Another week has come and gone, and the University has yet again failed to communicate with its student body.
Same story, old story; and yet, don’t you think the University would take the hint?
How many problematic incidents must occur before the University seeks a greater level of transparency?
Politicians are criticized for their secretiveness because, after all, no one likes to be kept in the dark. Especially when it’s at the hands of someone who’s supposed to be providing a public service.
Education is a public service. We’re a private university, yes, but we offer the service of education, a service that benefits the public sphere as much as it does the private. That means when you leave here, what the university has provided you with will (hopefully) allow you to make a good impact on the wider world as well as your own self.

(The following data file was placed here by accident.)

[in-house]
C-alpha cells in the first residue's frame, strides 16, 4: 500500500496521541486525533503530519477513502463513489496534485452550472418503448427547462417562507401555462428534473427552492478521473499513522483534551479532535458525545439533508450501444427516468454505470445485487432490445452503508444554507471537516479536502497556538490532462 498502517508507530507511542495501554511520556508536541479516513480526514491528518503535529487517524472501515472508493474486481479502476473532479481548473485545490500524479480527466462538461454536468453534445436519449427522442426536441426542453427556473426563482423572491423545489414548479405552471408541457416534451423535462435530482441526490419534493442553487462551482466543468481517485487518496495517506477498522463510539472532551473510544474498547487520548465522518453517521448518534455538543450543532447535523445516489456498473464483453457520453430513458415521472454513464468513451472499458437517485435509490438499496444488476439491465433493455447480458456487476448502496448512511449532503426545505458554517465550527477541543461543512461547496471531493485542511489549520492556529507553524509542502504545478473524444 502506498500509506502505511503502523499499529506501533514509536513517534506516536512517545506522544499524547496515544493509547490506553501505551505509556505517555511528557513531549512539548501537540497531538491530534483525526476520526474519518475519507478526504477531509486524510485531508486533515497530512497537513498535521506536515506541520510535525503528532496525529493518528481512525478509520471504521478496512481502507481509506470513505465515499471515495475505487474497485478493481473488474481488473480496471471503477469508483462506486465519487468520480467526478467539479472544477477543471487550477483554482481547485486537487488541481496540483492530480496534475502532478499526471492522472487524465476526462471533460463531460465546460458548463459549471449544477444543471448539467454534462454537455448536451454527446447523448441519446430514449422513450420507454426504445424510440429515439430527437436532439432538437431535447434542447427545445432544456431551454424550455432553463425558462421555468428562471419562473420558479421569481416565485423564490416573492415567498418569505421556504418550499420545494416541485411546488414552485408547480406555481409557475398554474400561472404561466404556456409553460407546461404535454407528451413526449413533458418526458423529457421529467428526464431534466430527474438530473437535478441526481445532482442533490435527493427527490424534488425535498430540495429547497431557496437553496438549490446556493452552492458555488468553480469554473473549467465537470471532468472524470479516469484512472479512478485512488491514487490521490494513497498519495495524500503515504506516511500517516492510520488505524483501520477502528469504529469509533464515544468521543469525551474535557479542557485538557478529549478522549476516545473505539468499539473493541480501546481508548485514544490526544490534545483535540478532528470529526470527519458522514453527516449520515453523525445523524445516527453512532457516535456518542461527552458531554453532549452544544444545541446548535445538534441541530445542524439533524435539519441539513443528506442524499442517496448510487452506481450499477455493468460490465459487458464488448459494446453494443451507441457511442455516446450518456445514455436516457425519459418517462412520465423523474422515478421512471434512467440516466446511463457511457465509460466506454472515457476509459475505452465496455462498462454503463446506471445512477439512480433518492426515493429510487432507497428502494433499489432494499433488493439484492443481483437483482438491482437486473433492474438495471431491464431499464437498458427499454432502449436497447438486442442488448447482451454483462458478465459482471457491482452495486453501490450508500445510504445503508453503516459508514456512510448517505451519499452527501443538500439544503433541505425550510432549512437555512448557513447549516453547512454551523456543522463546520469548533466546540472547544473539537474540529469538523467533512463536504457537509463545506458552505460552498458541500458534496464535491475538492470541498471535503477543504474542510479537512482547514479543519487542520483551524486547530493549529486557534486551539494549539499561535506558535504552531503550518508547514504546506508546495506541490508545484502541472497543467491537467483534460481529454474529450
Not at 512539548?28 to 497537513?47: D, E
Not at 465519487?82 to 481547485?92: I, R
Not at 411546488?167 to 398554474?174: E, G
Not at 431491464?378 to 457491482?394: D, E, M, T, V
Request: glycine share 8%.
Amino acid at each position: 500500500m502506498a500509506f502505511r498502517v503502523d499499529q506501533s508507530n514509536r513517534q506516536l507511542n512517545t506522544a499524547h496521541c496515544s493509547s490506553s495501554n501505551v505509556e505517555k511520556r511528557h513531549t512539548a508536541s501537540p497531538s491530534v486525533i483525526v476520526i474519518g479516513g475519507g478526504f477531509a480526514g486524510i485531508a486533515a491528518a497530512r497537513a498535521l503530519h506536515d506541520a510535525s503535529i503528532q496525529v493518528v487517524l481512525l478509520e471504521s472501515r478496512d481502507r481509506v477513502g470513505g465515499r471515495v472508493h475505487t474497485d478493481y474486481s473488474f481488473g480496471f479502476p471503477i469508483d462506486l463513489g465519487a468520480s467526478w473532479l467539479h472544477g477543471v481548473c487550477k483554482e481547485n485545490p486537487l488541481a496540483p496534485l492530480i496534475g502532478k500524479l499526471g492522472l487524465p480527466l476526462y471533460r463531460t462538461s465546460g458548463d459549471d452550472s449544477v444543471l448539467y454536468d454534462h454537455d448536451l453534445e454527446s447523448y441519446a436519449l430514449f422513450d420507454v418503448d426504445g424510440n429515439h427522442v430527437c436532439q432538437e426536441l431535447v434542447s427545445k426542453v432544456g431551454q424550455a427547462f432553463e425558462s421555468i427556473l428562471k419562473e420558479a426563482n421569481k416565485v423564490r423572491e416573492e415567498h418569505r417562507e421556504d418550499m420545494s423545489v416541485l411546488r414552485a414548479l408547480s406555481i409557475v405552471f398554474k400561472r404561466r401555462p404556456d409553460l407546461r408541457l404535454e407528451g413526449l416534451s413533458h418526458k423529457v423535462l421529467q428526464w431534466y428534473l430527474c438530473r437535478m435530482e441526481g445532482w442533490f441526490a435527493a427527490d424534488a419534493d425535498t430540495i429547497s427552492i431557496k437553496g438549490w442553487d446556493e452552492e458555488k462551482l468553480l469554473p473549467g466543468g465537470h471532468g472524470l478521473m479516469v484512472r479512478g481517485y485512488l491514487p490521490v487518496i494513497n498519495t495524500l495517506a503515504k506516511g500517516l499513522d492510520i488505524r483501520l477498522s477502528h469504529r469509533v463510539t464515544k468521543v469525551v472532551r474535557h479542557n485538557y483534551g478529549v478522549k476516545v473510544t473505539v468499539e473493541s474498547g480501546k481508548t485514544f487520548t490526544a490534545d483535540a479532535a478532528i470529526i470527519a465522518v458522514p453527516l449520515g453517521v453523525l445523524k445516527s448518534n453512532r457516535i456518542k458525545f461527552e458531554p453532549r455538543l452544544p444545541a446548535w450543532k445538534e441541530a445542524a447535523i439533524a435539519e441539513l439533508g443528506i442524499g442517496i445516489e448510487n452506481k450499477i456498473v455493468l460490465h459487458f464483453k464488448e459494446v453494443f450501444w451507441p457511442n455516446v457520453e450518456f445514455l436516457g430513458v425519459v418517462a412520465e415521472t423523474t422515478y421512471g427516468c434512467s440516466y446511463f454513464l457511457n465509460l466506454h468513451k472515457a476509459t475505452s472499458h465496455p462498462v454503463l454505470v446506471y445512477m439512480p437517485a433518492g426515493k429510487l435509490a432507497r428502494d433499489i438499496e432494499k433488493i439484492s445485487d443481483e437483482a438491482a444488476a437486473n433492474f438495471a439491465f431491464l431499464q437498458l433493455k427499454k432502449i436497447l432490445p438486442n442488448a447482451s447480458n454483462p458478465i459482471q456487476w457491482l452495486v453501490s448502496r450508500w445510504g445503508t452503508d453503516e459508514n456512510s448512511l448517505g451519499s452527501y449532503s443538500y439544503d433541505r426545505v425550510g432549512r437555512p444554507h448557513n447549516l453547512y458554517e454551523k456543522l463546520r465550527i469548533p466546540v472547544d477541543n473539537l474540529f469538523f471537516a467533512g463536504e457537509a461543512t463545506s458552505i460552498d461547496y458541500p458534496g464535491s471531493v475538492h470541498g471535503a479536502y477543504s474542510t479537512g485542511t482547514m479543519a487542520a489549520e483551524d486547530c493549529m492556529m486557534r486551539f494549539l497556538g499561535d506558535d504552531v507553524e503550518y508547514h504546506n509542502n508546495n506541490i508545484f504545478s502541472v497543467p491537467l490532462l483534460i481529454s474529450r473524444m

The Washington Post article from this week recording the university’s settlement of $1 million in a case with a fired architecture professor was not mentioned to the students at all. Talking to the faculty and staff, an email went out from the Public Affairs department, but still nothing was shared with the students.
We may take St. Patty’s day as the official holiday of the student nation at CUA , but that’s no reason to paint us as immature. We can handle the news regarding a dismissed employee. And we’d like to know.
Large organizations face this sort of thing all the time; it’s why we have a legal counsel on staff. Yet, it isn’t because the students might gape at the news that we are calling for the University to share. It’s because we think the student body has a right to know.
It all comes back to the administration’s desire to curtail our right to information and our right of academic exploration. Without the proper information, how are we supposed to question or judge anything? And yes, we could have gone to another college, but we were hoping that this university would provide a place of stimulation and openness.